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Wet cat food is the best choice for urinary health in cats.
This helps dilute urine and keep the risk of stones low.
To take things even further, limit the use of high oxalate foods (e.g. legumes) and vitamin C rich foods. These dietary factors can also increase urinary blockages.
In this guide, I’ve hand-picked the best cat foods for urinary health to help your cats stay healthy.
My recommended pick is below…
My Top Pick: Wellness Core Tiny Tasters
Wellness Core Tiny Tasters is my best pick for urinary health. As a wet food, it will help keep the pee flowing to lower risk of blockage.
It doesn’t use oxalate or vitamin C rich foods to help reduce stone formation. Plus it’s rich in animal protein, that may help acidify urine and keep the risk of urinary blockage low.
In the rest of this article I’ll run through my top picks and a buying guide on choosing cat food for urinary health.
Then I’ll go through frequently asked questions on this topic.
If you want to find what is absolutely the best for your cat, then read on…
Why trust this article?
As a dietitian, I am experienced in health and nutrition research. I’ve got the tools and know-how to tease apart the science. The foods I’ve recommended are heavily scrutinised down to the ingredient list and where possible, tested.
I’ve made sure to look at the research before writing this content. This article takes the advice from expert reviews and links them to suitable products.
>> Learn More on our About Page
3 Best Cat Foods for Urinary Health
The following choices are from my own product database, where I’ve entered nutrition, ingredient and pricing data.
The database also includes results from personal testing with my own cats and kittens. Where possible, I prefer recommending products I’ve personally tested to know what the quality is like.
However, if I notice something that is favourable I’ll suggest that in place (but will let you know that I haven’t tested it).
Best Non-Prescription Cat Food for Urinary Health
Wellness Core Tiny Tasters
Wellness Core Tiny Tasters is my best pick for urinary health.
This option doesn’t use any stone forming vegetables or cranberries in the pouch. It’s also meat rich, which helps with urine dilution.
They also offer a PDF to go through the nutrition info. Magnesium lines up with expert recommendations (0.08%), as does the calcium and phosphate (positive ratio).
The sodium might be a tad higher than what’s best though. Aside from the price and difficult to open packaging, this is worth a try.
>> Our review of Wellness Core
Wellness Core Tiny Tasters Ingredients
Duck, Chicken, Chicken Broth, Water Sufficient For Processing, Natural Flavors, Tapioca Starch, Sunflower Oil, Tricalcium Phosphate, Locust Bean Gum, Potassium Chloride, Guar Gum, Salt, Sodium Carbonate, Taurine, Xanthan Gum, Vitamins (Vitamin E Supplement, Thiamine Hydrochloride, Niacin, Vitamin A Supplement, Pyridoxine Hydrochloride, D-Calcium Pantothenate, Riboflavin Supplement, Folic Acid, Vitamin D3 Supplement, Biotin, Vitamin B12 Supplement), Magnesium Sulfate, Choline Chloride, Zinc Amino Acid Chelate, Iron Amino Acid Chelate, Copper Amino Acid Chelate, Manganese Amino Acid Chelate, Sodium Selenite, Potassium Iodide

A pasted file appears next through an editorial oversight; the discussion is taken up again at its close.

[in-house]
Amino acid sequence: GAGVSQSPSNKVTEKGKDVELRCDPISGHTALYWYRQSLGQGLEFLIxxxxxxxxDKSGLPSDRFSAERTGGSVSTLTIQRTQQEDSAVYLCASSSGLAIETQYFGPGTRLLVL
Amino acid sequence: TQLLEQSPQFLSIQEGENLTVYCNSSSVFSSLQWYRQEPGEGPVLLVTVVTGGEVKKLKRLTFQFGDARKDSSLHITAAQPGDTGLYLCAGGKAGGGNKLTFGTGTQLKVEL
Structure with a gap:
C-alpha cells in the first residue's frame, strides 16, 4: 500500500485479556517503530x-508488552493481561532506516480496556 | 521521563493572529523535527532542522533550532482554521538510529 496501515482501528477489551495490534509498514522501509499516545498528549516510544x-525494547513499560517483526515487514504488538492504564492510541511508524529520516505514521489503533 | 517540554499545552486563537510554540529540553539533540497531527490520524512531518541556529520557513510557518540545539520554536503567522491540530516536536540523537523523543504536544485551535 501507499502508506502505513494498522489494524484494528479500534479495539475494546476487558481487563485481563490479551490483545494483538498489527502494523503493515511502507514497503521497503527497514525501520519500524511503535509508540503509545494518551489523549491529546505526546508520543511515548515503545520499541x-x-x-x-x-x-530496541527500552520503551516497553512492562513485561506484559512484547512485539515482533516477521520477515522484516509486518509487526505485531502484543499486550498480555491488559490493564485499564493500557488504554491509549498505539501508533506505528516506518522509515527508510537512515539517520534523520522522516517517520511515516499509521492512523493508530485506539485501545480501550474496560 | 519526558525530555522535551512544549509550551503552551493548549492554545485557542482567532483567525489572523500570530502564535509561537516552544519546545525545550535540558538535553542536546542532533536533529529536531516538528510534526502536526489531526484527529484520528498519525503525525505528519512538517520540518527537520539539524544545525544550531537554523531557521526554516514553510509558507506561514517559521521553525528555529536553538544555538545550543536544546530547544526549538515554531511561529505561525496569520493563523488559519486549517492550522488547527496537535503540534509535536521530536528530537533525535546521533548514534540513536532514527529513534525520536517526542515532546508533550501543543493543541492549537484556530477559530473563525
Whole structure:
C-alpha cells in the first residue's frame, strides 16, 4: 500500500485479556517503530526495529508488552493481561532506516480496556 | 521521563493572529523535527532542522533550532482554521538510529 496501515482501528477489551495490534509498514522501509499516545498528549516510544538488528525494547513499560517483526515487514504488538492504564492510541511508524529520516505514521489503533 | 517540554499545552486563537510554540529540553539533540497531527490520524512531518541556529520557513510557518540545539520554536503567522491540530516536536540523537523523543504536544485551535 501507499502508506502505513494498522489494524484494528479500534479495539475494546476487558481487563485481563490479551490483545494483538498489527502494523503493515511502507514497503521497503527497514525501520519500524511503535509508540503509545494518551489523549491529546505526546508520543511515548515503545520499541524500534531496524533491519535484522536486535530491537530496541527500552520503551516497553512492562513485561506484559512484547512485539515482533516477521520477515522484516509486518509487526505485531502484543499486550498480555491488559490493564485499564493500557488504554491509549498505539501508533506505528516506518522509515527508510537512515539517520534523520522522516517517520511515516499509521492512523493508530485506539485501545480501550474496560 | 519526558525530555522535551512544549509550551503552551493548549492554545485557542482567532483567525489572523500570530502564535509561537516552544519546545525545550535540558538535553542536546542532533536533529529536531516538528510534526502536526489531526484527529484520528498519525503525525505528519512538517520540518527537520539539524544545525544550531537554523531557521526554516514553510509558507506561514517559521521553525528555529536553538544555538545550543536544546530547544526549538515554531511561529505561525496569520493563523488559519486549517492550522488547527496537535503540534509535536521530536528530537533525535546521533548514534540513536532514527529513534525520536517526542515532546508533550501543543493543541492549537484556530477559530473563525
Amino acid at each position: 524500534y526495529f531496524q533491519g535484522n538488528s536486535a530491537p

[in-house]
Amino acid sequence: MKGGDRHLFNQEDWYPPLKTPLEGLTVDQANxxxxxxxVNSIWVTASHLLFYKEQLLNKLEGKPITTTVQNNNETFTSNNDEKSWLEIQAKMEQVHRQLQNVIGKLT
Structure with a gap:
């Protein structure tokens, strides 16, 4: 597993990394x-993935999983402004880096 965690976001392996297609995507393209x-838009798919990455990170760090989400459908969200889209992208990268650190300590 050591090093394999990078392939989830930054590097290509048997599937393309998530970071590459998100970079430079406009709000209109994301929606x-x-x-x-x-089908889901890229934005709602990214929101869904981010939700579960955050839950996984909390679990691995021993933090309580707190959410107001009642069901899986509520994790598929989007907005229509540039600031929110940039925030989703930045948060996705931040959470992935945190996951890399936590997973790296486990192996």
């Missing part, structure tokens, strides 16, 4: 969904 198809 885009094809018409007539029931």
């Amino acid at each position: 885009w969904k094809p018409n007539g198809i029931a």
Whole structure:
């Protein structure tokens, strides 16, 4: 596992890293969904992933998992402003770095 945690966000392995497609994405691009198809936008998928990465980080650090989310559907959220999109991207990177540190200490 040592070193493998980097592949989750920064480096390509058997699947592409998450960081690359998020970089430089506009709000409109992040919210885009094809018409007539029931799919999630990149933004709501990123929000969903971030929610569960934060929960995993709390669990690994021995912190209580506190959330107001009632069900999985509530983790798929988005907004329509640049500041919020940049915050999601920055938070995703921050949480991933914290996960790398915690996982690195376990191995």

|Cost per ounce* (market ave)||$1.00 ($0.48)|
Best Non-Prescription Dry Cat Food for Urinary Health
Dr. Elsey’s Clean Protein
Dr. Elsey’s is formulated without grains, legumes and vegetables.
This limits the oxalate in your cats diet and helps with urinary care. It’s also high in animal protein, which experts suggest as well.
Whilst I haven’t personally tested it, there’s not much better to choose from (another option is Ziwi Peak).
Since it’s dry cat food, I still recommend adding water to dilute your cats urine.
Dr. Elsey’s Clean Protein Ingredients
Chicken, Pork Protein Isolate, Gelatin, Chicken Fat (Preserved With Mixed Tocopherols), Flaxseed, Natural Flavor, Salmon Oil, Potassium Citrate, Calcium Carbonate, Fructooligosaccharide, Calcium Carbonate, Choline Chloride, Vitamins (Vitamin E Supplement, Niacin Supplement, D-Calcium Pantothenate, Vitamin A Acetate, Thiamine Mononitrate, Pyridoxine Hydrochloride, Riboflavin Supplement, Vitamin D3 Supplement, Biotin, Vitamin B12 Supplement, Folic Acid), Minerals (Ferrous Sulfate, Zinc Oxide, Calcium Carbonate, Manganous Oxide, Copper Sulfate, Iron Amino Acid Chelate, Manganese Amino Acid Chelate, Zinc Amino Acid Chelate, Copper Amino Acid Chelate, Sodium Selenite, Cobalt Carbonate, Ethylenediamine Dihydroiodide), Potassium Chloride, Mixed Tocopherols (Preservative), Taurine, Salt, Rosemary Extract